Molière’s The Miser

The Miser is an adaptation of Molière’s 1668 text, telling the story of how the children of Harpagon overcome their father’s close-fisted nature to pursue their partners whom they are invested in purely out of love, rather than the financial elements so pushed by Harpagon himself.

The adaptation and translation are fantastic. It maintains the decidedly French style of humour which is so distinctive throughout Molière’s comedy, but brings it up to date: it includes elements of physical comedy, executed brilliantly by the cast, but maintains the characteristics of the original characters, all of whom are larger-than-life stereotypes played very well throughout.

Harpagon is to be commended particularly in this way. His vivacity as the Miser was fantastic throughout, and his almost pantomime characterisation provided the audience with a large amount of comedy.

However, the strongest element of this production may be the music, an original composition performed live with a synth and a box drum. The playing did not feel as if it was intrusive on the scene, which could easily have been the case, but instead was a necessary backdrop to the sections of exposition which are unavoidable as central to Molière’s narrative.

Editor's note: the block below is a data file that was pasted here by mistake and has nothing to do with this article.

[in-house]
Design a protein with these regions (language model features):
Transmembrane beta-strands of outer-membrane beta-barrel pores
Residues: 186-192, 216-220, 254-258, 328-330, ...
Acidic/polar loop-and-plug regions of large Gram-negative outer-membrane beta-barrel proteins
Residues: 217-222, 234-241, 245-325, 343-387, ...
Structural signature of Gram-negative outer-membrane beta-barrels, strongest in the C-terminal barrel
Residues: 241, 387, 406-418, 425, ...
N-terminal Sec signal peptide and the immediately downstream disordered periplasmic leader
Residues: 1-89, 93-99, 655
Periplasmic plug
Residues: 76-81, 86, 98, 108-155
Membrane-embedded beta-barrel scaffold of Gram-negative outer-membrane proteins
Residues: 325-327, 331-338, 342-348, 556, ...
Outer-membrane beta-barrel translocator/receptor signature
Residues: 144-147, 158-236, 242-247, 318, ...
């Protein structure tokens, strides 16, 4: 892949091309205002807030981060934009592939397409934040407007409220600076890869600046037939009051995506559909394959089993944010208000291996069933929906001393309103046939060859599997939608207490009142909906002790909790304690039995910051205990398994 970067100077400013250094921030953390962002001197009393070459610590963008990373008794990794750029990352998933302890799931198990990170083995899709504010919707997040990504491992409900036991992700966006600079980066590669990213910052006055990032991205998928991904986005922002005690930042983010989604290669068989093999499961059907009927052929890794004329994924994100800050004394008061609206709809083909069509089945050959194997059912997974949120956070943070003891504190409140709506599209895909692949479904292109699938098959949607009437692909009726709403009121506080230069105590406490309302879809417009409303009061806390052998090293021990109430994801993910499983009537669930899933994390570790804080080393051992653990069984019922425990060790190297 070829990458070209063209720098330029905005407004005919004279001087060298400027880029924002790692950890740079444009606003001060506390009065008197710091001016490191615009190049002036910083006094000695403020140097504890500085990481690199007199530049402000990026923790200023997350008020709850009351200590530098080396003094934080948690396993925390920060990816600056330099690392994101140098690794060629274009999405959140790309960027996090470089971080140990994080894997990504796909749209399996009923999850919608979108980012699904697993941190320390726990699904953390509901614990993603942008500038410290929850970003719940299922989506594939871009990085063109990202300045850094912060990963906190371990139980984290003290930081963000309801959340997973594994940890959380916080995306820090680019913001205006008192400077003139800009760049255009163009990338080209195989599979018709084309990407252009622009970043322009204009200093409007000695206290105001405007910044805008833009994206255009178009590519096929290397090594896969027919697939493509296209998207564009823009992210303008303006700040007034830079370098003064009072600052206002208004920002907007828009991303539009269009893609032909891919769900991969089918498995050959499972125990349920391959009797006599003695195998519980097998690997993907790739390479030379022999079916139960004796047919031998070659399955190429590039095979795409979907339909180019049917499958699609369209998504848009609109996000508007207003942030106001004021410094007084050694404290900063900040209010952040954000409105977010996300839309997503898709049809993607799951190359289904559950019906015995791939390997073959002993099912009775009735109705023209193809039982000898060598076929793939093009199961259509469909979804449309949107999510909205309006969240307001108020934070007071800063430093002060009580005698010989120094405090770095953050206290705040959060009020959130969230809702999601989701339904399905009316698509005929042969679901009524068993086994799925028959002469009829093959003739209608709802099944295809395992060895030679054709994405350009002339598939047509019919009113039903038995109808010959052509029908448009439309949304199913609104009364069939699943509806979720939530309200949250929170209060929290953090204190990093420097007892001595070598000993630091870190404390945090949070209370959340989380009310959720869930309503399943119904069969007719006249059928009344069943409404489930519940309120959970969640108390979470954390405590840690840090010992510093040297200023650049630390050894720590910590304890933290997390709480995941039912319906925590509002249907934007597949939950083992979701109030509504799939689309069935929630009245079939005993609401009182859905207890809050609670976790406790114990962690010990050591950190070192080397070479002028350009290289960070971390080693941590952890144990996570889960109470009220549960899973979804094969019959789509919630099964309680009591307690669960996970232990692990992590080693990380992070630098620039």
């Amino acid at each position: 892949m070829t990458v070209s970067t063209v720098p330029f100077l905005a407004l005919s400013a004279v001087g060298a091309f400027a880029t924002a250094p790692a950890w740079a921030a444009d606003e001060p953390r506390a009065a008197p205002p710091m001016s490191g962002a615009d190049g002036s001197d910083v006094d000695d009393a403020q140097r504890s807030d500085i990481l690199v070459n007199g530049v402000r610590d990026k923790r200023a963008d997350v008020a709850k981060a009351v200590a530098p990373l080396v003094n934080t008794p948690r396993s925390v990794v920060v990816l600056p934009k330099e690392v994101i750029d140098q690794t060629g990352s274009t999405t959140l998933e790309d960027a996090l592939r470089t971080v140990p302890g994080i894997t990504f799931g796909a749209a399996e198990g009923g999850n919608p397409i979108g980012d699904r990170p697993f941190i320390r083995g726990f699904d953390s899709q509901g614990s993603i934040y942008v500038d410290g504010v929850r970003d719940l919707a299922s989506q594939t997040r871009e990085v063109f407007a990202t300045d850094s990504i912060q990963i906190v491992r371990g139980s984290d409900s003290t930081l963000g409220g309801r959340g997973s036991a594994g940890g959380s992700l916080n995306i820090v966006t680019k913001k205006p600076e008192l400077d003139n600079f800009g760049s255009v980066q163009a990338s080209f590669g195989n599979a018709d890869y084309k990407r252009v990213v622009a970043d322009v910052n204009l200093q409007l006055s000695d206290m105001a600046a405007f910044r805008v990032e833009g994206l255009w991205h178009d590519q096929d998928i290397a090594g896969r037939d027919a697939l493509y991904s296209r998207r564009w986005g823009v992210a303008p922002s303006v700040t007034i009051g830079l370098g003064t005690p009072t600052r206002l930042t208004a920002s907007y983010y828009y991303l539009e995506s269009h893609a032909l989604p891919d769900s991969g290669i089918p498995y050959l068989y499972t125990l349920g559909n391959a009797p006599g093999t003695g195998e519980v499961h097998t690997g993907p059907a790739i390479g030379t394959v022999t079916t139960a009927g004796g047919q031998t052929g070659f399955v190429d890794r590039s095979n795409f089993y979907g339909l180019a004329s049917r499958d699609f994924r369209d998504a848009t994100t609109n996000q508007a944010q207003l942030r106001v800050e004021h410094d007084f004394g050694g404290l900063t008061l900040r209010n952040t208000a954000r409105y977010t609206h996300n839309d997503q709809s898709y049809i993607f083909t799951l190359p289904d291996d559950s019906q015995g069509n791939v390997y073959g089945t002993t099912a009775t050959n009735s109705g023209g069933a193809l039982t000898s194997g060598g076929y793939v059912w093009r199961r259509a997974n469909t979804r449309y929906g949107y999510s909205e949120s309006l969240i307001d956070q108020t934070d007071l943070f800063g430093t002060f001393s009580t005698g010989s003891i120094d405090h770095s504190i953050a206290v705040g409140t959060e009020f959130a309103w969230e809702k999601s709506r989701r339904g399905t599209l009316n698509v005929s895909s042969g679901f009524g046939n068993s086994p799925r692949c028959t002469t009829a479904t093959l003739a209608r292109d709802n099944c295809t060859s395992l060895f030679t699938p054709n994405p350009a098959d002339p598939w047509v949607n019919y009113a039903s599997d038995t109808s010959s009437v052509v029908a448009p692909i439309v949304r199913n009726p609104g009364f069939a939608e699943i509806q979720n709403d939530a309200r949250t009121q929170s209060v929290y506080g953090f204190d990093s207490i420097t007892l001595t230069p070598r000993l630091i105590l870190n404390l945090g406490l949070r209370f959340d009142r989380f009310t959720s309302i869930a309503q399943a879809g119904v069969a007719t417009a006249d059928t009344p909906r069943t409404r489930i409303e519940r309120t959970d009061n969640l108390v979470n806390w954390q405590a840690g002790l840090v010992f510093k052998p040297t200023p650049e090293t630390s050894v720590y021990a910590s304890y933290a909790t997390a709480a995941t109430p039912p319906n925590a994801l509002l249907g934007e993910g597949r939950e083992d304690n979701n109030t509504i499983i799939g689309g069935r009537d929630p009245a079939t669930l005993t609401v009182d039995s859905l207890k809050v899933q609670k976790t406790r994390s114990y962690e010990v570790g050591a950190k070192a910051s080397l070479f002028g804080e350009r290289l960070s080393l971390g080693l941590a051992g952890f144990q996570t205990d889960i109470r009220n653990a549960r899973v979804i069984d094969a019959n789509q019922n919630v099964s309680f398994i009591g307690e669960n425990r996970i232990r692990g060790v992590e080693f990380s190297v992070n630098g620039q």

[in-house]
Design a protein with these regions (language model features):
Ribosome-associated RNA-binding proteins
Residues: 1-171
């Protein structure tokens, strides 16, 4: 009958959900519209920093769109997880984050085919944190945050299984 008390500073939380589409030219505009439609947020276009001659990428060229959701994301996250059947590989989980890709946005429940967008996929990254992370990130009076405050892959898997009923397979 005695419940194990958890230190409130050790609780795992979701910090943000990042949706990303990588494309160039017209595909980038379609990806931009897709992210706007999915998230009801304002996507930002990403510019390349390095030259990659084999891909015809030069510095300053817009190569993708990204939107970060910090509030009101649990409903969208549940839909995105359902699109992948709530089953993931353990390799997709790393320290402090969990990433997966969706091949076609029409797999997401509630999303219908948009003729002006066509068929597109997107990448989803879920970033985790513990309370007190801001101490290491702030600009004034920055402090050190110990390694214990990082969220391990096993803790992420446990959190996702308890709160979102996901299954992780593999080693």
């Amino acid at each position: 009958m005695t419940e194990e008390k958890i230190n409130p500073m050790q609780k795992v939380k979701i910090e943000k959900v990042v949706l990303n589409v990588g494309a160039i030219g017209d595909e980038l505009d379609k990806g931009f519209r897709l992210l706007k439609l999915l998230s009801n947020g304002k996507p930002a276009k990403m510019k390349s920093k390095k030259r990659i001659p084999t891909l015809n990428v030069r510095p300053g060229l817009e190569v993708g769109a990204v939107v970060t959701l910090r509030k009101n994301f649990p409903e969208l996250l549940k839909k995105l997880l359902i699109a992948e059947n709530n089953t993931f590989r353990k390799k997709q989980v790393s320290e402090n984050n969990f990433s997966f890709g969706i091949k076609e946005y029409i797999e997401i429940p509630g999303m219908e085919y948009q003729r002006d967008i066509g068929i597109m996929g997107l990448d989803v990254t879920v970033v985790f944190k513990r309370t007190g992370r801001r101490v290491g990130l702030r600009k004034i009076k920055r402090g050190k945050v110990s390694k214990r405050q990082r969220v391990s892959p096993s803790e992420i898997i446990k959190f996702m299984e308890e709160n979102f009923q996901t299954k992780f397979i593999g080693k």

These sections were also made much easier to watch by the chorus of actors surrounding the stage at all times. They maintained the energy of the show fantastically, and gave the leads plenty to bounce off, becoming a welcome addition to Molière’s text. They helped to allow the comedy to be moved forward to a modern audience in a great way.

The design of the show must also be highly commended: the costumes instantly create an atmosphere and the “masks” drawn on with face paint create a nice effect.

This show is well worth a watch- accessible to all, fun, and full of laughs.

Molière’s The Miser is running until the 18th August at 12:15 at +3, C Venues.

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Max Prentice

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